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Here
is information about the final exam
which is on Monday, June 8th, from 8am11am.
0) Review Session with Frank is on Friday, 23:30pm
in McH 1240.
Details about the test are here:
1) The
gradient is the hub of many things. More
specifically, you need to understand the meaning of
the gradient and how it is used to
compute directional derivatives,
compute equations of tangent planes to level
surfaces (the gradient is normal to this plane)
compute equations of tangent lines to curves of
intersection of surfaces
find directions where the rate of change is maximal,
minimal or a particular value,
find critical points.
calculate the divergence
and curl of a vector field
2) Limits/Differentiation: You need to understand the
idea behind the derivative as a linear map and as the
linear approximation to a function. You need to
understand that the derivative is represented as a
matrix or a vector (in case the function is
realvalued). You need to be able to use the chain
rule to compute the derivative of a composition of
functions. You need to know the relationship between
the existence of the partials and the
differentiability of the function. You need to know
under what conditions the mixed partials are equal.
3) Taylor Polynomials: You need to understand what
the Taylor polynomial for a function of a certain
degree represents. You need to be able to compute the
Taylor polynomial of degree one or two, but you do
not need to be able to compute the error term.
4) Maximum/Minimum Problems: you need to understand
the relation between local extrema and the gradient,
and you need to be able to find and classify critical
points. You will need to be able to find global
extrema and justify their existence. This also
includes the ability to find extrema with
constraints. Particularly Lagrange multipliers as a
method to optimize functions subject
to one (but not more) constraints.
5) Paths/Curves: you need to understand the idea of a
path as a vector valued function and be able to
describe the curve that is the graph of a path. You
need to be able to find the velocity and acceleration
vectors and compute the speed, assuming that the path
c(t) represents the position
of a particle at time t as it's traveling on the
curve parametrized by c(t). You need to be able to
set up (but not evaluate) an integral that represents
the length of a curve.
6) Directional Derivatives; you need to understand
the geometry of the directional derivative and how to
compute it. You also need to be able to incorporate
the chain rule into the mix when it comes to actual
questions about these rates of change at a point. The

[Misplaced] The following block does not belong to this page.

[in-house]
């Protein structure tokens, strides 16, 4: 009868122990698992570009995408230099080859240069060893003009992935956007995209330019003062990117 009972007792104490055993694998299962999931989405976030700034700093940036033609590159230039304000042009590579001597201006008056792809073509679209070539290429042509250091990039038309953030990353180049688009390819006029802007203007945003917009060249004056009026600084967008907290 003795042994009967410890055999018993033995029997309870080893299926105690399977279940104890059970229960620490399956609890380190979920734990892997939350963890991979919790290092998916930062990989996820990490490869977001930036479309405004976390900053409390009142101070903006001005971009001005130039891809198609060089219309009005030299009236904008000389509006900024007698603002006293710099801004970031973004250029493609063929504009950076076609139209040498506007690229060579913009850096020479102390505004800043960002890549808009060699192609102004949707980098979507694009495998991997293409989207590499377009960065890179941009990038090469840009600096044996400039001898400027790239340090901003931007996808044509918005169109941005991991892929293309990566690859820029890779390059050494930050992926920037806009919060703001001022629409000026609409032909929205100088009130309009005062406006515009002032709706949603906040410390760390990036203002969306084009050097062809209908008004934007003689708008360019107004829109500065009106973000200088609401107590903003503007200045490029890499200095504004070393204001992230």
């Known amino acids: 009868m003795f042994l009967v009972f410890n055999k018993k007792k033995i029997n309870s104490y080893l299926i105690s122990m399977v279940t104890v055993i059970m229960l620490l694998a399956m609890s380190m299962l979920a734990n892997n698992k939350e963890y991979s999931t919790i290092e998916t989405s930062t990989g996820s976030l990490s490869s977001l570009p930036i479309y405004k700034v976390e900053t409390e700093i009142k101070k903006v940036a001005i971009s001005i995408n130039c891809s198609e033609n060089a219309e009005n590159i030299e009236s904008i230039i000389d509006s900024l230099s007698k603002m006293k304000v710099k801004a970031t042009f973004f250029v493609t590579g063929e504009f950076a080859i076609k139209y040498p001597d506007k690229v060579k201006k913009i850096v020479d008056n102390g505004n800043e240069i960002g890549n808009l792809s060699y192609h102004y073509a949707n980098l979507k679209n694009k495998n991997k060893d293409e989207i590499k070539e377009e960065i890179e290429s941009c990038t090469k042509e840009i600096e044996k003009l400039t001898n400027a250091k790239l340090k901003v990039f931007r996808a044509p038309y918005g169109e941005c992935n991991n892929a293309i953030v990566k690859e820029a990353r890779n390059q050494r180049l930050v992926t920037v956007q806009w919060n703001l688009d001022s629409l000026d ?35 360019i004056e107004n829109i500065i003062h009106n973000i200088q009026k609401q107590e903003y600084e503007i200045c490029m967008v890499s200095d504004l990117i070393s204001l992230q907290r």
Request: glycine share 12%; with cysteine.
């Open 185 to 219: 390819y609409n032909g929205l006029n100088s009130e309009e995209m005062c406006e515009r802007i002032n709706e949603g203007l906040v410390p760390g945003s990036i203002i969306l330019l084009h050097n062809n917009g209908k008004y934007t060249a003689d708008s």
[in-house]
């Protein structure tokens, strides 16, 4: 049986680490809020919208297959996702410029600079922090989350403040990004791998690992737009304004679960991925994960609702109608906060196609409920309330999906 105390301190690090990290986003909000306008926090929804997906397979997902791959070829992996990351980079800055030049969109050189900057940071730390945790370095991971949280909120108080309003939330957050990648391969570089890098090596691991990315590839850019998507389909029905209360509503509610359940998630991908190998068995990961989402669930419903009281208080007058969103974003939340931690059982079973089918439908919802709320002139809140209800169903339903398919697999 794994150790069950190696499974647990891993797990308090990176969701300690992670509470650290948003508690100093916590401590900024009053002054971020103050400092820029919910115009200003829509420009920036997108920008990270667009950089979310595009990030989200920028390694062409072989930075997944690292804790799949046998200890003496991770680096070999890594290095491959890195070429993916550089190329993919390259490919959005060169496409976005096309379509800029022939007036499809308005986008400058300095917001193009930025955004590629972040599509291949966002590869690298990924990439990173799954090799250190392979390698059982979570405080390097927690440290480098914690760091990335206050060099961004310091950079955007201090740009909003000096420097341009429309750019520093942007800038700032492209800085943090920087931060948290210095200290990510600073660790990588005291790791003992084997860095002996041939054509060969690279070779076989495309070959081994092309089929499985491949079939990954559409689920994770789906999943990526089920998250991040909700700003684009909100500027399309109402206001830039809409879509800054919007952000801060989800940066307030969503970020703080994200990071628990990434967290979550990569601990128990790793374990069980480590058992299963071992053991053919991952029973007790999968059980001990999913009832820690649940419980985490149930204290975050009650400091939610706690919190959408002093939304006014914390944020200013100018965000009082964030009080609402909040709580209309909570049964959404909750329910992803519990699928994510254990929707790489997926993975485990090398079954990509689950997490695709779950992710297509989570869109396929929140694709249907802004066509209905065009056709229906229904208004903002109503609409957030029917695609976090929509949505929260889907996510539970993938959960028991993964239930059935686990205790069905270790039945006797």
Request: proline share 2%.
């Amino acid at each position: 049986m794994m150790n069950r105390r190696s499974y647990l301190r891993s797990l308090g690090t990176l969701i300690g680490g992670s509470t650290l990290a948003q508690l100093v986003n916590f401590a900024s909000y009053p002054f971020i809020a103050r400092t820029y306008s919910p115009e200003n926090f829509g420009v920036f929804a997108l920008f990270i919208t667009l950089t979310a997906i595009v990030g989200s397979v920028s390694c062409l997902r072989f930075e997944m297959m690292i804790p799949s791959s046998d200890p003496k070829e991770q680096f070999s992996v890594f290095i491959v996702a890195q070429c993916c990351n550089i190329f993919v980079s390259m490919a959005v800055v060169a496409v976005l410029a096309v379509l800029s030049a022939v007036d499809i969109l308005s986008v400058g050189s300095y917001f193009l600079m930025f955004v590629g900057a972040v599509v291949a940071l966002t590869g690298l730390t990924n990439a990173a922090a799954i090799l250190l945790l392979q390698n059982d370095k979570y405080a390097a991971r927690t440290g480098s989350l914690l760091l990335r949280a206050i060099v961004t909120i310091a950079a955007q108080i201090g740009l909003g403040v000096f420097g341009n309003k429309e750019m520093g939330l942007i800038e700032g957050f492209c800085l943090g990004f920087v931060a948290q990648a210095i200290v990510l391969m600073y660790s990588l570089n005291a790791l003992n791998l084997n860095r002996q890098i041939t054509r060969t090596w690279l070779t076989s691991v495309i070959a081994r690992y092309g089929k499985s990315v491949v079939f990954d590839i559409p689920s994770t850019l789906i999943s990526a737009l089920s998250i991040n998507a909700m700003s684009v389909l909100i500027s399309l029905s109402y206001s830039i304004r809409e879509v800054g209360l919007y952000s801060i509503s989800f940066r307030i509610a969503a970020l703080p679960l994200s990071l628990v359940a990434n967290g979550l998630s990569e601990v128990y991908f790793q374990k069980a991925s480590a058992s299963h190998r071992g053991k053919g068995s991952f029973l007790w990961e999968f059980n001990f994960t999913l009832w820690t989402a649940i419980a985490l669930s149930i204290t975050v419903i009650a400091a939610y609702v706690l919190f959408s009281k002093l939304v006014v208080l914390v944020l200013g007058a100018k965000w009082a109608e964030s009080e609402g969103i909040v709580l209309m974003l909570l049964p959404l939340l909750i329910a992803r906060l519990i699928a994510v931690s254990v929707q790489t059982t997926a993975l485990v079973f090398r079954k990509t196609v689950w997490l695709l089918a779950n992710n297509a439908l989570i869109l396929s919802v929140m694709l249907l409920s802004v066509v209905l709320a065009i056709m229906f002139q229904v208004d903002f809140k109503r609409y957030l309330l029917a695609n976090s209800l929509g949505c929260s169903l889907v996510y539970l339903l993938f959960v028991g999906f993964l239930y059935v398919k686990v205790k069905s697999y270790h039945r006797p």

issue being that there is a difference between the
slope at a point in a certain direction and the
change in value of the function in that direction if
one moves at a speed other than unit speed.
7) Vector fields. You need to understand what a
vector field is; how to verify that a curve is a flow
line of a given field; you need to be able to
determine whether a vector field is a gradient vector
field; you need to be able to compute the curl and
the divergence of a vector field.
8) Tangent lines/Tangent planes: You need to be able
to compute those under the various scenarios of
defining/obtaining them. This also includes being
able to find points on a curve/surface so that the
tangent space has a given property.
9) Visualization/Classification of Surfaces and
curves. You need to know the names and shapes of the
main curves and surfaces as well as their algebraic
representations.
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Specific
practice materials can be found here:
Here is a pdf
with practice questions, and practice
final 1 (Ignore Problem 6). Solutions to the
practice problems are here
and here
(Thanks to former TA's Chris and Wyatt for writing
those).
Here is practice
final 2. Solutions are here.
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Midterm
was Friday, May 1st and covered Chapter 1 and
2.12.3. The tests are graded (many thanks to the
TA's for such a quick turnaround) and will be
returned in sections this week. Solutions are here.
The statistics for the test are as follows:
Average:
83%
Median: 84 (out of 100)
Standard Deviation: 14
A score of 65% or higher is considered passing on
this test. Please count your points and feel free to
speak with us (your TA or myself) should you have any
questions in regards to the grading.
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We
discuss the cycloid in class today. Here is a link to
a visualization of the brachistochrome problem:
http://curvebank.calstatela.edu/brach/CubicNickForever.gif
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This
site also has interesting links to other important